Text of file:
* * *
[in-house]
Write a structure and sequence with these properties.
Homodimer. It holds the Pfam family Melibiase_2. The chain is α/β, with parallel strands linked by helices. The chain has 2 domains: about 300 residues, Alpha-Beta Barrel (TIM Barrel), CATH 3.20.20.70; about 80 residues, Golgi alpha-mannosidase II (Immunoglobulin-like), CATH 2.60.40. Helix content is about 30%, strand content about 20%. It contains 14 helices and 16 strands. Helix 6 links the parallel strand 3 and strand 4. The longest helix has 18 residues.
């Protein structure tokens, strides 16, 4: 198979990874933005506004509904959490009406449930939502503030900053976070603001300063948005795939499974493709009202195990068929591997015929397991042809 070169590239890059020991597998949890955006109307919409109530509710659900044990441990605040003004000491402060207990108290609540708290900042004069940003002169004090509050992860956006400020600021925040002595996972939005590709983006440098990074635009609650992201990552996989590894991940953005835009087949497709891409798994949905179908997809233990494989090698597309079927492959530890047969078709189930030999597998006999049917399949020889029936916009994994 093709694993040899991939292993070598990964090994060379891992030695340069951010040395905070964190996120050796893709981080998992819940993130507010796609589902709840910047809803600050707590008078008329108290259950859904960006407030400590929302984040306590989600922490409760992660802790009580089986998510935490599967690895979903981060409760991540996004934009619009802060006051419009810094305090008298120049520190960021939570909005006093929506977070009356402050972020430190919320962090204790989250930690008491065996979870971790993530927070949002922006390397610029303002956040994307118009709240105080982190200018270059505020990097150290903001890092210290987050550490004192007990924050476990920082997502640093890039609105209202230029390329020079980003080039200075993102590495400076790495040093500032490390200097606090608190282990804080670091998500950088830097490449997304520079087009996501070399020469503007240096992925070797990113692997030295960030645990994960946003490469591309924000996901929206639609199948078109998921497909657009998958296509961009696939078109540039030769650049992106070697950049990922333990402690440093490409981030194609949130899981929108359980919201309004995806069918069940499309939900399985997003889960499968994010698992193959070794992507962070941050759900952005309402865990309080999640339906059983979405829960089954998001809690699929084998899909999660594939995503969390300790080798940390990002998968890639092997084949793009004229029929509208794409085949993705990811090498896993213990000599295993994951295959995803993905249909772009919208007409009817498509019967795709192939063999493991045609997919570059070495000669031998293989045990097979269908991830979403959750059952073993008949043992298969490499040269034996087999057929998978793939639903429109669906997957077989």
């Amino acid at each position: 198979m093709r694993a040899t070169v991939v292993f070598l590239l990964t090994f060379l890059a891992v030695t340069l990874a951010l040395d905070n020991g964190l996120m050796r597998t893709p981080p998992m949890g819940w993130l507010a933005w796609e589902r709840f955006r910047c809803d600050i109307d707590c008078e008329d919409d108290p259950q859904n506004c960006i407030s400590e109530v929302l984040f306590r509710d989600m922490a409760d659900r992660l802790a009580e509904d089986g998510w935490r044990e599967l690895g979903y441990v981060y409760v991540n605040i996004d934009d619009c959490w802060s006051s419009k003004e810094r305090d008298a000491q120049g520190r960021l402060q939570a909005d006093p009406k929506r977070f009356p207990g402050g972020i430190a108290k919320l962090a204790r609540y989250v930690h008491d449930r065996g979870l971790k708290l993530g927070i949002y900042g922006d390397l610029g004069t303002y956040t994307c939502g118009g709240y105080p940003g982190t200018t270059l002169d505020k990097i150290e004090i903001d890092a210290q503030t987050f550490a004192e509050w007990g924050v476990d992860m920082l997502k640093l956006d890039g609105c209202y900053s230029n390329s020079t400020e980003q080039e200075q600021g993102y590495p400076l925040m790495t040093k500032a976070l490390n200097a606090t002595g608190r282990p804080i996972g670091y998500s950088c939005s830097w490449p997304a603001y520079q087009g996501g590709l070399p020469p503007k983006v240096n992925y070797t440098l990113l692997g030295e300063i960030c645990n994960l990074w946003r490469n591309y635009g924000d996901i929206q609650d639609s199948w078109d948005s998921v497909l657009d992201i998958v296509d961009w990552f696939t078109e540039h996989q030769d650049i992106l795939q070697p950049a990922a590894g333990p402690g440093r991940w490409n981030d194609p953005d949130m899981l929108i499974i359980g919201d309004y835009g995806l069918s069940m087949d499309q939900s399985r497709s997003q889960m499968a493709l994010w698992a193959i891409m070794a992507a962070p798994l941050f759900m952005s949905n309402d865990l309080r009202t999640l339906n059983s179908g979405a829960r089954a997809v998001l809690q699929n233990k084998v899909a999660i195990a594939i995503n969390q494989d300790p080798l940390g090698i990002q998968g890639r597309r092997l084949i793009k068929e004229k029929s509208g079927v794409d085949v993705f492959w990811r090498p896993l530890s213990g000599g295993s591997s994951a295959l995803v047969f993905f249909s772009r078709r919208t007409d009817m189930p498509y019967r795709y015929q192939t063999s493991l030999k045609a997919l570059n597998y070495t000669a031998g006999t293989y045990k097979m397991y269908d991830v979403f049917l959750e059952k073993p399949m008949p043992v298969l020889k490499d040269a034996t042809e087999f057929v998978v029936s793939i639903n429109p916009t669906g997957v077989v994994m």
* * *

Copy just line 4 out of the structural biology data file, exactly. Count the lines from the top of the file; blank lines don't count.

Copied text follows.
């Protein structure tokens, strides 16, 4: 198979990874933005506004509904959490009406449930939502503030900053976070603001300063948005795939499974493709009202195990068929591997015929397991042809 070169590239890059020991597998949890955006109307919409109530509710659900044990441990605040003004000491402060207990108290609540708290900042004069940003002169004090509050992860956006400020600021925040002595996972939005590709983006440098990074635009609650992201990552996989590894991940953005835009087949497709891409798994949905179908997809233990494989090698597309079927492959530890047969078709189930030999597998006999049917399949020889029936916009994994 093709694993040899991939292993070598990964090994060379891992030695340069951010040395905070964190996120050796893709981080998992819940993130507010796609589902709840910047809803600050707590008078008329108290259950859904960006407030400590929302984040306590989600922490409760992660802790009580089986998510935490599967690895979903981060409760991540996004934009619009802060006051419009810094305090008298120049520190960021939570909005006093929506977070009356402050972020430190919320962090204790989250930690008491065996979870971790993530927070949002922006390397610029303002956040994307118009709240105080982190200018270059505020990097150290903001890092210290987050550490004192007990924050476990920082997502640093890039609105209202230029390329020079980003080039200075993102590495400076790495040093500032490390200097606090608190282990804080670091998500950088830097490449997304520079087009996501070399020469503007240096992925070797990113692997030295960030645990994960946003490469591309924000996901929206639609199948078109998921497909657009998958296509961009696939078109540039030769650049992106070697950049990922333990402690440093490409981030194609949130899981929108359980919201309004995806069918069940499309939900399985997003889960499968994010698992193959070794992507962070941050759900952005309402865990309080999640339906059983979405829960089954998001809690699929084998899909999660594939995503969390300790080798940390990002998968890639092997084949793009004229029929509208794409085949993705990811090498896993213990000599295993994951295959995803993905249909772009919208007409009817498509019967795709192939063999493991045609997919570059070495000669031998293989045990097979269908991830979403959750059952073993008949043992298969490499040269034996087999057929998978793939639903429109669906997957077989």